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Stopped by the local GMC Dealer & had them start a claim & take pictures so I will wait for their call back. The Service manager said they have done 4-5 sets of these wheels in the past year and a half for the same issues.
 

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** UPDATE ** Just heard back from the local GMC dealer on the clearcoat peeling claim they submitted - after reviewing the pictures submitted, under warranty they are willing to refinish the wheels at their GMC body shop as per GM corporate/warranty instruction. I was hoping for wheel replacement, but having them refinished is better than nothing! Also, I can then hold them accountable for the quality/finish/etc on the wheels going forward since they are refinishing wheels themselves. I'm going to schedule the appt, get the work done, and let you know how it turns out!
 

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Interesting. GM now authorizing refinishing the wheels rather than replacement.
Will be good to hear your take on the results. Thanks for posting this update!
 

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Im definitely curious to see how this materializes since they are a two tone paint/machined aluminum styled wheel with clear coat on the top - Im unsure if they are just scuffing & re-clearing them or fully stripping them, repainting the color, and then clearing. We will see.
 

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Interesting. GM now authorizing refinishing the wheels rather than replacement.
Will be good to hear your take on the results. Thanks for posting this update!
I have not understood why someone would expect the wheels to be replaced. A good wheel guy can make the peeling wheels look like new.
 

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The idea of replacement VS reconditioning in my mind comes down to the issue of how the wheels are painted/machined/finished - for anyone who has done any custom/automotive/detail paint work they will agree that having painted recesses on the spokes and painted sides of the spokes with having a machined face is not a friendly process. The amount of time/detail of masking/taping off the machined areas so you have perfect clean transitions from painted areas to machined areas can be difficult - Im guessing that when the wheels were originally made/finished that the entire wheel was painted the darker color first, then machined in the face to take the paint back off, then clear coated to seal it all. I can't see any other way that taping/masking clean perfect lines at a wheel manufacturing plant is cost effective, or logical from a quality stand point. Just my two cents.
 

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As I suspected - any local body shops do not have the ability to properly refinish these wheels in the way that they were originally made - now if there is a specialized wheel refinisher, then sure, have at it, they know what they are doing. This is why refinishing these specific types of wheels may be more difficult that just ordering replacements from the dealer stand point.
wheel finishing.jpg
 

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The idea of replacement VS reconditioning in my mind comes down to the issue of how the wheels are painted/machined/finished - for anyone who has done any custom/automotive/detail paint work they will agree that having painted recesses on the spokes and painted sides of the spokes with having a machined face is not a friendly process. The amount of time/detail of masking/taping off the machined areas so you have perfect clean transitions from painted areas to machined areas can be difficult - Im guessing that when the wheels were originally made/finished that the entire wheel was painted the darker color first, then machined in the face to take the paint back off, then clear coated to seal it all. I can't see any other way that taping/masking clean perfect lines at a wheel manufacturing plant is cost effective, or logical from a quality stand point. Just my two cents.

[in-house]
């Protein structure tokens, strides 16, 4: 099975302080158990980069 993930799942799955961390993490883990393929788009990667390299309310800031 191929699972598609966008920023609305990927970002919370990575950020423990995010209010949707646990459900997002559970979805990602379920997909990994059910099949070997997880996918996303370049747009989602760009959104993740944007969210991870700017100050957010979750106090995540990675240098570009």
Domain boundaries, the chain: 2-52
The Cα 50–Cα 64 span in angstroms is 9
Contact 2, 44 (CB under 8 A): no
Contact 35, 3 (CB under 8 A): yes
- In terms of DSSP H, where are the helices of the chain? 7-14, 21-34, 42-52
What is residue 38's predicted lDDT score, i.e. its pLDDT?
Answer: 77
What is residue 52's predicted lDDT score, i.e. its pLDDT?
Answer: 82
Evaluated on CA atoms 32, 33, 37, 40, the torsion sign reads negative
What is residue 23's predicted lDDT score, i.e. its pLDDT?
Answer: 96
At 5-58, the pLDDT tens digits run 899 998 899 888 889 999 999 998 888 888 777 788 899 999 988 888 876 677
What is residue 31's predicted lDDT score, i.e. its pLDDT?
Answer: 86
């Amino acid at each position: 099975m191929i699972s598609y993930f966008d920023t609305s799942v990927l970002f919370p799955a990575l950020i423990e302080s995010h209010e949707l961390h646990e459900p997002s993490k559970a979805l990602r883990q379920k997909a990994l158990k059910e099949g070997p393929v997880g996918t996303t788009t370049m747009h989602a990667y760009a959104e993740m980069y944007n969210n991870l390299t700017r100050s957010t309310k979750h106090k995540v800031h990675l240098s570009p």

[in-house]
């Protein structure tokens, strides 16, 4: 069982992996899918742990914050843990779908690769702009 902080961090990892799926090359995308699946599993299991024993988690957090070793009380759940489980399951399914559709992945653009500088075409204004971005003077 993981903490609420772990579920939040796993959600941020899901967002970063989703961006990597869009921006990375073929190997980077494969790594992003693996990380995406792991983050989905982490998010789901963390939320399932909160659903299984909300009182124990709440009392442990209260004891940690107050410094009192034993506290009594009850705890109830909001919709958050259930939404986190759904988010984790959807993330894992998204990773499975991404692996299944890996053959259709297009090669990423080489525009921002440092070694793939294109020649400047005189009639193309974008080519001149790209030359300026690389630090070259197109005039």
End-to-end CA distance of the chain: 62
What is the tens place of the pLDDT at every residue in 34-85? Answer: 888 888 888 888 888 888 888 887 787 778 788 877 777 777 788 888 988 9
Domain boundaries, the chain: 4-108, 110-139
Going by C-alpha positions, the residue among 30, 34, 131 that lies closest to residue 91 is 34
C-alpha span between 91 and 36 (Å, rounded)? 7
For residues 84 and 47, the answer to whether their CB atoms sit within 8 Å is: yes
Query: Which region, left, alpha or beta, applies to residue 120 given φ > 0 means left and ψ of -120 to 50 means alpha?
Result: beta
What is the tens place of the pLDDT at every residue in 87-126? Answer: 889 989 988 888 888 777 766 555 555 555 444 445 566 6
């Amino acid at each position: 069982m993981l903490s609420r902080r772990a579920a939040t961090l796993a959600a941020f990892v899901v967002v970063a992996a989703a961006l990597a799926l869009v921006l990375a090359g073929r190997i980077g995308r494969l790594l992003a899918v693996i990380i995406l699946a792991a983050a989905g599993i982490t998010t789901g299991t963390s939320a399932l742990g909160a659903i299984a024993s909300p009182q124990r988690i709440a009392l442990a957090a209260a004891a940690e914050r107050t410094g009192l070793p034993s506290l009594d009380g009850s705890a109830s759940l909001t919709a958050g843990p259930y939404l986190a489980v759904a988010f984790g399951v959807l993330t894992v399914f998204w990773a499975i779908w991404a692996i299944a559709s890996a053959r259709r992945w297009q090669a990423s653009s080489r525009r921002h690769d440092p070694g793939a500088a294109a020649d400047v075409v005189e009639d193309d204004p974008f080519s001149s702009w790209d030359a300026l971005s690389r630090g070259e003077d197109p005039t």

Having done this many times in my 50+ years of customizing cars and motorcycles, you don't mask the machined part of the wheel. You apply axle grease with a small brush, apply paint, wait for paint to dry, remove the grease.

Peeling wheels are repaired everyday on dealer lots everywhere. My son has years experience at CarMax. Many cars that look shiny as new on the lot did not start that way. Many have had PDR, wheel repairs and blended paint touch up by folks that are truly artists at their trade.

Some peel painting is not a first world problem that calls for new wheels.
 

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As I suspected - any local body shops do not have the ability to properly refinish these wheels in the way that they were originally made - now if there is a specialized wheel refinisher, then sure, have at it, they know what they are doing. This is why refinishing these specific types of wheels may be more difficult that just ordering replacements from the dealer stand point. View attachment 9523
Well . . maybe it's possible they will be sending the wheels out to a specialty refinishing shop?
Dealers farm a lot of work out for certain things these days. A neighbor around the corner from me has a larger lot and added a medium sized shop for his collector car and also does PDR for several dealers here. I see the courtesy vehicles come and go sometimes several times a day.
 
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